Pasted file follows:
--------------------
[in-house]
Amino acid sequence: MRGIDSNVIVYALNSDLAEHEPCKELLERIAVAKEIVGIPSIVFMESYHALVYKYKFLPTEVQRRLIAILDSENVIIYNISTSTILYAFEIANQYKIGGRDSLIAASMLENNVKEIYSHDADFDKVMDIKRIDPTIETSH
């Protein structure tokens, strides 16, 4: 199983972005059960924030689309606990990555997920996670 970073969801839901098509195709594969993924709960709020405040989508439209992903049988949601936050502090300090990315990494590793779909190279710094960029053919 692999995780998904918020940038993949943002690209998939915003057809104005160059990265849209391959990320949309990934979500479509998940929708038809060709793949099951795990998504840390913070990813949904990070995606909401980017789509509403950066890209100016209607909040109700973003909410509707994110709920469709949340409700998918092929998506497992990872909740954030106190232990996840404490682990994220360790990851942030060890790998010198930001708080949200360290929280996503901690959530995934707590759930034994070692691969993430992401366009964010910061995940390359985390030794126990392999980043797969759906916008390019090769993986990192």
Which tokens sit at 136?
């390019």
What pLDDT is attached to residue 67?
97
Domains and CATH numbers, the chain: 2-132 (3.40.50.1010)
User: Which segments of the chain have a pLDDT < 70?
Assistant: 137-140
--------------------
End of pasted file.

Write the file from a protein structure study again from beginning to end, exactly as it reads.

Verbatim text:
[in-house]
Amino acid sequence: MRGIDSNVIVYALNSDLAEHEPCKELLERIAVAKEIVGIPSIVFMESYHALVYKYKFLPTEVQRRLIAILDSENVIIYNISTSTILYAFEIANQYKIGGRDSLIAASMLENNVKEIYSHDADFDKVMDIKRIDPTIETSH
């Protein structure tokens, strides 16, 4: 199983972005059960924030689309606990990555997920996670 970073969801839901098509195709594969993924709960709020405040989508439209992903049988949601936050502090300090990315990494590793779909190279710094960029053919 692999995780998904918020940038993949943002690209998939915003057809104005160059990265849209391959990320949309990934979500479509998940929708038809060709793949099951795990998504840390913070990813949904990070995606909401980017789509509403950066890209100016209607909040109700973003909410509707994110709920469709949340409700998918092929998506497992990872909740954030106190232990996840404490682990994220360790990851942030060890790998010198930001708080949200360290929280996503901690959530995934707590759930034994070692691969993430992401366009964010910061995940390359985390030794126990392999980043797969759906916008390019090769993986990192």
Which tokens sit at 136?
């390019």
What pLDDT is attached to residue 67?
97
Domains and CATH numbers, the chain: 2-132 (3.40.50.1010)
User: Which segments of the chain have a pLDDT < 70?
Assistant: 137-140